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Award-winning classification system now an Atlas

Award-winning classification system published as full colour atlas

Where are New Zealand’s most threatened ecosystems? Can a Martinborough vineyard grow the same grapes as Bordeaux? Where could New Zealand’s native mistletoe live and flourish? How far could the deadly southern saltmarsh mosquito spread? These and many more questions can be answered using a new resource released with the support of Environment Minister Marian Hobbs today.

Land Environments of New Zealand (LENZ) is a classification of environments mapped across New Zealand’s landscape – a classification that is nationally consistent, works at a range of scales and comes complete with information about climate, soils and landforms.

"The resource will be invaluable to those involved in the conservation and restoration of native ecosystems, resource management, environmental risk management and biosecurity, and productive land uses such as agriculture and forestry," Marian Hobbs said.

"People who work in conservation, farming, forestry, horticulture, public health and local government resource management can all use this system.”

The Ministry for Environment has produced the resource in partnership with Landcare Research as part of its Environmental Performance Indicators Programme. The resource is made up of three components:

A full colour atlas for general use, that presents Levels I and II of the classification and describes the what, where, when, who and how of the system. It also includes six example case studies for conservation and resource management applications. David Bateman Ltd published the atlas, which is available from bookstores. A technical manual that describes Levels II, II and IV of the classification, describes how the classification was constructed, and gives guidelines for its use. The manual is available from Ministry for the Environment. Two CDs with detailed information: one contains the classification data layers, the other the underlying climate, soils and landform variables that make up the system.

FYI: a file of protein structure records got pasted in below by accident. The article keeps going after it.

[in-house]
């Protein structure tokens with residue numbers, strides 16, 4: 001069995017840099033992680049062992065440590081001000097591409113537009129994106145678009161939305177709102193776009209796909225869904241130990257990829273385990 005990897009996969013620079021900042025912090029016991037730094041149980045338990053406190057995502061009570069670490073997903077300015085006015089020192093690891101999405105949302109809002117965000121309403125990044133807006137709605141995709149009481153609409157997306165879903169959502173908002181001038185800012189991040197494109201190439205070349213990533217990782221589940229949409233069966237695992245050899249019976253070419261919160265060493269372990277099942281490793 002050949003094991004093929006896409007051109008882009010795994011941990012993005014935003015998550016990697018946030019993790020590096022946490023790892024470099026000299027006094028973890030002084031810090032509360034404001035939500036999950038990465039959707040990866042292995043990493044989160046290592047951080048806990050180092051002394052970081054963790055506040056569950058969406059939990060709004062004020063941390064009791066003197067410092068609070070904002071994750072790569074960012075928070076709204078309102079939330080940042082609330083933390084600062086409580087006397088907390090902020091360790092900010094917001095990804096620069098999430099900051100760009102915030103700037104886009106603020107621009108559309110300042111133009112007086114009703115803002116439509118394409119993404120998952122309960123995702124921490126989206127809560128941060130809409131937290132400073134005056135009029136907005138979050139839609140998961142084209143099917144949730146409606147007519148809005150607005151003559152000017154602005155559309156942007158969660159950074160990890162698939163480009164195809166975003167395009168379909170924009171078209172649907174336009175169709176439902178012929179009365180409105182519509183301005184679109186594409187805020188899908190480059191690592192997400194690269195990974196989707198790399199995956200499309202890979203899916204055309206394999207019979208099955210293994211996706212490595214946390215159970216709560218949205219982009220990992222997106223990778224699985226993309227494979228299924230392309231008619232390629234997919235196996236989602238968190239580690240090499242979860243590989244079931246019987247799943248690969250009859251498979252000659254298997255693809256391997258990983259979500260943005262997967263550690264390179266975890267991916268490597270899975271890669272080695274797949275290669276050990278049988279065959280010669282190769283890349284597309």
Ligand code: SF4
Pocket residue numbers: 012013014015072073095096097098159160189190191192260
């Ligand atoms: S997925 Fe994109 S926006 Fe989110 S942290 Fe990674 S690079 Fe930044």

The system identifies similar environments using 15 different climate, landform and soil variables – including temperature, solar radiation, rainfall, soil fertility, drainage and slope. It maps areas of land that have similar environmental conditions regardless of where they occur in New Zealand. It allows users to see where similar ecosystems occur and use the data to make sound environmental management decisions.

"Internationally, Land Environments of New Zealand is a first and represents a significant achievement for the Ministry for the Environment and Landcare Research," Marian Hobbs said.

The international significance of LENZ was recognised at the 22nd annual Environmental Science Research Institute (ESRI) conference 2002, held in San Diego, where it won two major awards.

"The challenge for conservation and resource managers is to use this resource with an open mind and explore the range of applications beyond the Ministry’s environmental reporting needs," Marian Hobbs said.

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